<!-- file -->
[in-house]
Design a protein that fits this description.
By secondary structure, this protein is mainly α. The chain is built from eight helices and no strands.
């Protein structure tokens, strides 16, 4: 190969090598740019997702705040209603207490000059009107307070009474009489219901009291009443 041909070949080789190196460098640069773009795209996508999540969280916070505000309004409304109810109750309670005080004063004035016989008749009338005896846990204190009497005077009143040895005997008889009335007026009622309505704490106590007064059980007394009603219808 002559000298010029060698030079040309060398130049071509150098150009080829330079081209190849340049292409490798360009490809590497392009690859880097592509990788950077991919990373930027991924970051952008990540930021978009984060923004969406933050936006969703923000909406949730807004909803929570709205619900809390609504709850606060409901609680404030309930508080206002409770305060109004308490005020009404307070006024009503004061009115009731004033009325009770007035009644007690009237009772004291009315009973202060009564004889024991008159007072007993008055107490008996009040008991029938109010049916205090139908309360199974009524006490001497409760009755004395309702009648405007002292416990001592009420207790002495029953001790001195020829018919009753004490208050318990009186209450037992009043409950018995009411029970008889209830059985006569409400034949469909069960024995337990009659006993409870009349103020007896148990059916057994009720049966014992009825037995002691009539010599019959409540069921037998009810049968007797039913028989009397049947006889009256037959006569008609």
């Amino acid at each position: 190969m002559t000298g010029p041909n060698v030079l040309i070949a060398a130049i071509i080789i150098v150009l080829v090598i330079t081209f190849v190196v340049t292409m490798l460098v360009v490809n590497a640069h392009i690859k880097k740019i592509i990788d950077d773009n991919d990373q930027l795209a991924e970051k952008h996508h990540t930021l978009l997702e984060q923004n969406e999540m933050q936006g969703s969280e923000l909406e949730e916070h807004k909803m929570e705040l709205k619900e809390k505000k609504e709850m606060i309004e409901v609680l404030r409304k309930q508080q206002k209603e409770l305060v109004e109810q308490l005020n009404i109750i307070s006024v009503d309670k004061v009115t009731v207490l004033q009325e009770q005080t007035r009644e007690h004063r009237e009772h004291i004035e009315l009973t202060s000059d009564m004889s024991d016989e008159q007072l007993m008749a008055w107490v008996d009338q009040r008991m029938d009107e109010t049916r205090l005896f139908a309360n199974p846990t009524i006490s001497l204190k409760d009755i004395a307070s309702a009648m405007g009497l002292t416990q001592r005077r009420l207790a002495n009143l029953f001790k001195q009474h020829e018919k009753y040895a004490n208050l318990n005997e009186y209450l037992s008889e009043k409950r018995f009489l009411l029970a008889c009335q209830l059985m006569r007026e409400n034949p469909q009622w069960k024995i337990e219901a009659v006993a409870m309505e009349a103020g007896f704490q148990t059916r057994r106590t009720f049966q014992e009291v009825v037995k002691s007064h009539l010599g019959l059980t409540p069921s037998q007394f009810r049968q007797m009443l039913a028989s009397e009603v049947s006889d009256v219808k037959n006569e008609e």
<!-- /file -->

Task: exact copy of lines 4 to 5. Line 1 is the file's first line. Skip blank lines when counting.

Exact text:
């Protein structure tokens, strides 16, 4: 190969090598740019997702705040209603207490000059009107307070009474009489219901009291009443 041909070949080789190196460098640069773009795209996508999540969280916070505000309004409304109810109750309670005080004063004035016989008749009338005896846990204190009497005077009143040895005997008889009335007026009622309505704490106590007064059980007394009603219808 002559000298010029060698030079040309060398130049071509150098150009080829330079081209190849340049292409490798360009490809590497392009690859880097592509990788950077991919990373930027991924970051952008990540930021978009984060923004969406933050936006969703923000909406949730807004909803929570709205619900809390609504709850606060409901609680404030309930508080206002409770305060109004308490005020009404307070006024009503004061009115009731004033009325009770007035009644007690009237009772004291009315009973202060009564004889024991008159007072007993008055107490008996009040008991029938109010049916205090139908309360199974009524006490001497409760009755004395309702009648405007002292416990001592009420207790002495029953001790001195020829018919009753004490208050318990009186209450037992009043409950018995009411029970008889209830059985006569409400034949469909069960024995337990009659006993409870009349103020007896148990059916057994009720049966014992009825037995002691009539010599019959409540069921037998009810049968007797039913028989009397049947006889009256037959006569008609």
């Amino acid at each position: 190969m002559t000298g010029p041909n060698v030079l040309i070949a060398a130049i071509i080789i150098v150009l080829v090598i330079t081209f190849v190196v340049t292409m490798l460098v360009v490809n590497a640069h392009i690859k880097k740019i592509i990788d950077d773009n991919d990373q930027l795209a991924e970051k952008h996508h990540t930021l978009l997702e984060q923004n969406e999540m933050q936006g969703s969280e923000l909406e949730e916070h807004k909803m929570e705040l709205k619900e809390k505000k609504e709850m606060i309004e409901v609680l404030r409304k309930q508080q206002k209603e409770l305060v109004e109810q308490l005020n009404i109750i307070s006024v009503d309670k004061v009115t009731v207490l004033q009325e009770q005080t007035r009644e007690h004063r009237e009772h004291i004035e009315l009973t202060s000059d009564m004889s024991d016989e008159q007072l007993m008749a008055w107490v008996d009338q009040r008991m029938d009107e109010t049916r205090l005896f139908a309360n199974p846990t009524i006490s001497l204190k409760d009755i004395a307070s309702a009648m405007g009497l002292t416990q001592r005077r009420l207790a002495n009143l029953f001790k001195q009474h020829e018919k009753y040895a004490n208050l318990n005997e009186y209450l037992s008889e009043k409950r018995f009489l009411l029970a008889c009335q209830l059985m006569r007026e409400n034949p469909q009622w069960k024995i337990e219901a009659v006993a409870m309505e009349a103020g007896f704490q148990t059916r057994r106590t009720f049966q014992e009291v009825v037995k002691s007064h009539l010599g019959l059980t409540p069921s037998q007394f009810r049968q007797m009443l039913a028989s009397e009603v049947s006889d009256v219808k037959n006569e008609e």